The Canadian Institutes of Health Research have started accepting research proposals for a clinical trial on chronic cerebrospinal venous insufficiency (CCSVI) and the research team will be made public in March 2012, according to the MS Society of Canada.
Darrel Gregory from the Alberta and Northwest Territories division of the MS Society said:
“What it involves is, forming angioplasty, inserting a balloon in the jugular veins to help the blood flow if it’s constricted.”
“It’s pretty simple in that respect, which doesn’t mean that there aren’t complications. There can be complications whenever you’re working with veins.”
Many Canadians suffering with MS have gone overseas to have CCSVI treatment.
“It’s not available in Canada yet, which is really unfortunate. We’re hoping that the clinical trials will help us determine that yes, it’s safe and yes, it works. So that we can have it available for people here.”
The government can now track how these overseas treatments are working for Canadians with MS as part of the MS monitoring system.
“What the government is doing is trying to gather data from people who had the procedure done, we had all these people go overseas or go to the United States to get the procedure done,” said Gregory. “Initially we weren’t monitoring them to see, basically, ‘How have you felt? Is it helping you or not helping you?’ The national monitoring system is simply a process to try and gather that data to determine who it’s working for, who it’s not working for and help us understand what the difference is. Why it’s working with some people and not with others. Try and understand it better.”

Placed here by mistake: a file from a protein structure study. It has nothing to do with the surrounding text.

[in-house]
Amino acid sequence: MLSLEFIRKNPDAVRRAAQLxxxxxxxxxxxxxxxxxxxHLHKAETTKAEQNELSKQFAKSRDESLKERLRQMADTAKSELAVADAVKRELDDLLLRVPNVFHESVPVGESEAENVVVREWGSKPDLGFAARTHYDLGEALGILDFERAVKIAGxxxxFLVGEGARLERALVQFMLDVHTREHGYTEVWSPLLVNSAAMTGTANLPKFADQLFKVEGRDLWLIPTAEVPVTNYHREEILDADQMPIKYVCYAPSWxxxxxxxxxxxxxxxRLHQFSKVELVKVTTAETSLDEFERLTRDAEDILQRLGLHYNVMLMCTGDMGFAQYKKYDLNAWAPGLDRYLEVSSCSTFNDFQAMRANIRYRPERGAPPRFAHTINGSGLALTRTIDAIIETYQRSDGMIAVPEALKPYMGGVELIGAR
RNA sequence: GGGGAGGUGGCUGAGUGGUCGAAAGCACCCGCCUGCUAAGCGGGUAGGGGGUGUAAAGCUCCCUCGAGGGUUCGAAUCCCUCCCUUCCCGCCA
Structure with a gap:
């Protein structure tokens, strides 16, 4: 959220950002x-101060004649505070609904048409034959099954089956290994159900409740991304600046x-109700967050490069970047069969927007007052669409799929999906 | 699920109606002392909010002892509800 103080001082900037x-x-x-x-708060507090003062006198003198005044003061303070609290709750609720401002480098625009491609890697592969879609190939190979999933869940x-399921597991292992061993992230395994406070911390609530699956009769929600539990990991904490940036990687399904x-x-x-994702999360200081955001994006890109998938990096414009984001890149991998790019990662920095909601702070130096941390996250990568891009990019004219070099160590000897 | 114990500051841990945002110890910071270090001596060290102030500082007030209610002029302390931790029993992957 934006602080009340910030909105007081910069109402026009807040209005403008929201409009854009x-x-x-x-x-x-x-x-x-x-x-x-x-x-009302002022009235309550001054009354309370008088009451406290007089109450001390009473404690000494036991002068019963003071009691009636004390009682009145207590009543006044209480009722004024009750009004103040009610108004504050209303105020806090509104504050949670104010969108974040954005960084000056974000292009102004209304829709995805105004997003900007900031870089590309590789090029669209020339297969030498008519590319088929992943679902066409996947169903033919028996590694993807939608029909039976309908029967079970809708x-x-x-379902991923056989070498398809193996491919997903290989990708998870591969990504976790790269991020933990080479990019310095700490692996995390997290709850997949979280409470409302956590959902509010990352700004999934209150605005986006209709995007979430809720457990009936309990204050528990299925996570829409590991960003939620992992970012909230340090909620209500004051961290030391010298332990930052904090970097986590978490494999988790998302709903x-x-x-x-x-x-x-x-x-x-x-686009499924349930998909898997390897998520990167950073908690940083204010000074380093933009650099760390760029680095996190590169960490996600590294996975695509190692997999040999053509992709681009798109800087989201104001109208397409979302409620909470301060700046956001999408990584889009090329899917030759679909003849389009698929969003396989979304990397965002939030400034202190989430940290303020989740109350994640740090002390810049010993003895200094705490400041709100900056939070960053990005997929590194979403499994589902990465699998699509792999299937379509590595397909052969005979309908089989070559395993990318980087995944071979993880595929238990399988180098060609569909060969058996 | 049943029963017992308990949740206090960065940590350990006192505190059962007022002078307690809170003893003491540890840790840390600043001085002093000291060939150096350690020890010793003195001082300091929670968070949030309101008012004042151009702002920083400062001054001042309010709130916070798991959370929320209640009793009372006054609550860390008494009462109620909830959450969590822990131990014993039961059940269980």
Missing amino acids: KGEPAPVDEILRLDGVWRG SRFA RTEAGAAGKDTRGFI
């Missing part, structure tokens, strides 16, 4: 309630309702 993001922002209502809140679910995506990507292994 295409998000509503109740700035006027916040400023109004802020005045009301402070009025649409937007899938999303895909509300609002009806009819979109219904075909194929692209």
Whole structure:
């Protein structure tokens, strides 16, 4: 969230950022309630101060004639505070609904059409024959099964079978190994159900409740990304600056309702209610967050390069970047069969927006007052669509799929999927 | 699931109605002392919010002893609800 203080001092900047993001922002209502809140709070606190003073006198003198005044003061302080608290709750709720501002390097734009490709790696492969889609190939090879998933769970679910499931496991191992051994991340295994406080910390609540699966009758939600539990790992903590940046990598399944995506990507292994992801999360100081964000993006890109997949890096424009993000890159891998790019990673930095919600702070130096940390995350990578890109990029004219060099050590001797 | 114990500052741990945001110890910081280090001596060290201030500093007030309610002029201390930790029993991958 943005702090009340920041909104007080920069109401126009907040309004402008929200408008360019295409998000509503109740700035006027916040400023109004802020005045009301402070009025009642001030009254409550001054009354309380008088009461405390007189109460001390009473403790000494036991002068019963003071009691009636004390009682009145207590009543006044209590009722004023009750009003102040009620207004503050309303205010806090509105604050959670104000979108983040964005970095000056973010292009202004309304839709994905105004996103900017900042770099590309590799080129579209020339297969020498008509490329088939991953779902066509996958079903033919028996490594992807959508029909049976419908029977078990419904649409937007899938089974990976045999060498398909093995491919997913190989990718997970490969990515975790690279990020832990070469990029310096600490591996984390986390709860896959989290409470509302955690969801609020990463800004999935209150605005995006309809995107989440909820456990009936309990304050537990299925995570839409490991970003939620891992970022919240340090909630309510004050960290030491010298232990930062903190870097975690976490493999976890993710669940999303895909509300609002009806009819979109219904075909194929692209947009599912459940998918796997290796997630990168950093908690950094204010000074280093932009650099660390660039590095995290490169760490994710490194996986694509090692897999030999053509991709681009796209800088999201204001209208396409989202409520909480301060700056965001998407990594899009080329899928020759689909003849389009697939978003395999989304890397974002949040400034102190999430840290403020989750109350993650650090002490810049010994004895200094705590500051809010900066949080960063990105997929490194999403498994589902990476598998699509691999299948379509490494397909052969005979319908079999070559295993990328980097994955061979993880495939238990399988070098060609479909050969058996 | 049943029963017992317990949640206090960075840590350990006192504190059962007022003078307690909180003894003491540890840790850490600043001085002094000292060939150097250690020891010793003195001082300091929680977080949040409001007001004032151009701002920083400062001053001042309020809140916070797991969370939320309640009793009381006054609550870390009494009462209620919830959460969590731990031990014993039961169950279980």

Federal Health Minister Leona Aglukkaq announced the trials the annual Canada health ministers’ meeting, saying that the government would budget between $3 and $5 million for the trials.
Vegreville-Wainwright MP Leon Benoit also talked about CCSVI research and the MS monitoring system in a private member’s motion.
“This is a very important issue to constituents in my riding as well as those who suffer from multiple sclerosis across the country,” said Benoit.
“I will continue to work with those from my riding and to be a voice in Ottawa to ensure that the wants and needs of MS sufferers and their families are heard. I look forward to the second hour of debate on M-274 in the new year.”
Angeles hospital in Mexico has been providing Canadian MS patients with high quality CCSVI treatment that is excellent value for money. To learn more about our protocols and successes please contact us using the form on the right.